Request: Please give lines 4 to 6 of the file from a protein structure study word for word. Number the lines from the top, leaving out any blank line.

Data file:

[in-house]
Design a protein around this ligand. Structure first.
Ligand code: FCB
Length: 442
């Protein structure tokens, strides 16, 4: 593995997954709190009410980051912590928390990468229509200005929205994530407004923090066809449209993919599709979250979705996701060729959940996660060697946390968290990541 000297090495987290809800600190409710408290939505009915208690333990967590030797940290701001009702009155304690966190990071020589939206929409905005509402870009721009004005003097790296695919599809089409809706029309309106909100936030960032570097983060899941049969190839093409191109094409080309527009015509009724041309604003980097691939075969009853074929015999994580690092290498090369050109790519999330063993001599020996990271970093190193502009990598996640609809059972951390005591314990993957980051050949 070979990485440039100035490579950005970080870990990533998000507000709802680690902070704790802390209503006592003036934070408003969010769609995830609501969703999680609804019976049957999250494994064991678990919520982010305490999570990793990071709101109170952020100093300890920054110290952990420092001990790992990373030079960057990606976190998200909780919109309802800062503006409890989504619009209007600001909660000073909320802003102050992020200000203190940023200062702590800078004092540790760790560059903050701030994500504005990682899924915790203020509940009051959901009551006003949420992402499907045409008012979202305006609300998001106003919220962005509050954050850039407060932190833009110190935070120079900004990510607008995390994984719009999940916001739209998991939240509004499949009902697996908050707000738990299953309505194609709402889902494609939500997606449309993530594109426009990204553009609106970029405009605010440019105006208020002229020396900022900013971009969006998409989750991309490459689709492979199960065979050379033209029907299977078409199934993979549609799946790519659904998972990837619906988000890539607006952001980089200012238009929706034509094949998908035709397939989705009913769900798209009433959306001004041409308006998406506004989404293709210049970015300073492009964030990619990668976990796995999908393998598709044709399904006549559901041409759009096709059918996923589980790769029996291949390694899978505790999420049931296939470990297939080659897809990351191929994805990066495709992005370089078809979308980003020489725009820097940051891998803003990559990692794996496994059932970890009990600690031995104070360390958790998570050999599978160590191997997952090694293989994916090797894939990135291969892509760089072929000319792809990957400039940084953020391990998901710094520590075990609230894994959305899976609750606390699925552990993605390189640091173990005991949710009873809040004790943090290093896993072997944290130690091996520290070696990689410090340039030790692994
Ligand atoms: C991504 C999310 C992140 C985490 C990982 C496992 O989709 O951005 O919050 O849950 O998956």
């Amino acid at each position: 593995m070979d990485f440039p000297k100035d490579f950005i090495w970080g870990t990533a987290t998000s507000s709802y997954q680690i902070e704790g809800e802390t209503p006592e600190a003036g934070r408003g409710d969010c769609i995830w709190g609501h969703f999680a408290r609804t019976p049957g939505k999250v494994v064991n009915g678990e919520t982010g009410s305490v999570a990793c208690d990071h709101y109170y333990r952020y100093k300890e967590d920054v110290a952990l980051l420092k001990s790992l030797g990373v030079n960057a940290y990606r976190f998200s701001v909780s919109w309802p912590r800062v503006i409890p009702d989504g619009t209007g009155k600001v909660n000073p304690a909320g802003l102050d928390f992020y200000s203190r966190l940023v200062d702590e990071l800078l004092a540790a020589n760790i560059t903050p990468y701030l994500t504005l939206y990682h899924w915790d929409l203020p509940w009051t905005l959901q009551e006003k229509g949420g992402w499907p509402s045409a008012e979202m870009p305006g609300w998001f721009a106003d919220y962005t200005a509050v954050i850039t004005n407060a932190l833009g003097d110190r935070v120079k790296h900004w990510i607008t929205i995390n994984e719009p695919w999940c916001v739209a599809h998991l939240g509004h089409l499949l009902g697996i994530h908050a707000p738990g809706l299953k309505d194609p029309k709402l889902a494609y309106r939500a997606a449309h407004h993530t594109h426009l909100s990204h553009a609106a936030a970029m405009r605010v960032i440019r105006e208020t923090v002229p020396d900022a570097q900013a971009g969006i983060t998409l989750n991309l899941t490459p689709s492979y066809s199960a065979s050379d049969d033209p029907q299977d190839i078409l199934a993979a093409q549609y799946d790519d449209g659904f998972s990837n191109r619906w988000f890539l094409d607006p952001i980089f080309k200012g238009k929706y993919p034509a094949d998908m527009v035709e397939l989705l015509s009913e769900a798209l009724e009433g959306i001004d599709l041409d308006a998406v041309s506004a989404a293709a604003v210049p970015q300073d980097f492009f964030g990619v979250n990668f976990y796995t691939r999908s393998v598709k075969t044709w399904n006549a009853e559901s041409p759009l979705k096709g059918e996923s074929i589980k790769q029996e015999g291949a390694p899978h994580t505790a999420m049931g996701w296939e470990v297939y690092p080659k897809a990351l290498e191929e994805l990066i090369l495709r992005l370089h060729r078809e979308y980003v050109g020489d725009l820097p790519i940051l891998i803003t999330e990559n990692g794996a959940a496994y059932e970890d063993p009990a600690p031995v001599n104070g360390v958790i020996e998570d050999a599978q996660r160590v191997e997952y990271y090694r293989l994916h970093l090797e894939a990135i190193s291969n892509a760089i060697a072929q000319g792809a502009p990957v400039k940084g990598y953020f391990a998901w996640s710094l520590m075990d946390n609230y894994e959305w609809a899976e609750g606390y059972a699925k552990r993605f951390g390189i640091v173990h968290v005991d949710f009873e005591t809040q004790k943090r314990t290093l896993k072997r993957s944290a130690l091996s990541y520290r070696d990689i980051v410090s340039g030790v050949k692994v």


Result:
Length: 442
């Protein structure tokens, strides 16, 4: 593995997954709190009410980051912590928390990468229509200005929205994530407004923090066809449209993919599709979250979705996701060729959940996660060697946390968290990541 000297090495987290809800600190409710408290939505009915208690333990967590030797940290701001009702009155304690966190990071020589939206929409905005509402870009721009004005003097790296695919599809089409809706029309309106909100936030960032570097983060899941049969190839093409191109094409080309527009015509009724041309604003980097691939075969009853074929015999994580690092290498090369050109790519999330063993001599020996990271970093190193502009990598996640609809059972951390005591314990993957980051050949 070979990485440039100035490579950005970080870990990533998000507000709802680690902070704790802390209503006592003036934070408003969010769609995830609501969703999680609804019976049957999250494994064991678990919520982010305490999570990793990071709101109170952020100093300890920054110290952990420092001990790992990373030079960057990606976190998200909780919109309802800062503006409890989504619009209007600001909660000073909320802003102050992020200000203190940023200062702590800078004092540790760790560059903050701030994500504005990682899924915790203020509940009051959901009551006003949420992402499907045409008012979202305006609300998001106003919220962005509050954050850039407060932190833009110190935070120079900004990510607008995390994984719009999940916001739209998991939240509004499949009902697996908050707000738990299953309505194609709402889902494609939500997606449309993530594109426009990204553009609106970029405009605010440019105006208020002229020396900022900013971009969006998409989750991309490459689709492979199960065979050379033209029907299977078409199934993979549609799946790519659904998972990837619906988000890539607006952001980089200012238009929706034509094949998908035709397939989705009913769900798209009433959306001004041409308006998406506004989404293709210049970015300073492009964030990619990668976990796995999908393998598709044709399904006549559901041409759009096709059918996923589980790769029996291949390694899978505790999420049931296939470990297939080659897809990351191929994805990066495709992005370089078809979308980003020489725009820097940051891998803003990559990692794996496994059932970890009990600690031995104070360390958790998570050999599978160590191997997952090694293989994916090797894939990135291969892509760089072929000319792809990957400039940084953020391990998901710094520590075990609230894994959305899976609750606390699925552990993605390189640091173990005991949710009873809040004790943090290093896993072997944290130690091996520290070696990689410090340039030790692994
Ligand atoms: C991504 C999310 C992140 C985490 C990982 C496992 O989709 O951005 O919050 O849950 O998956």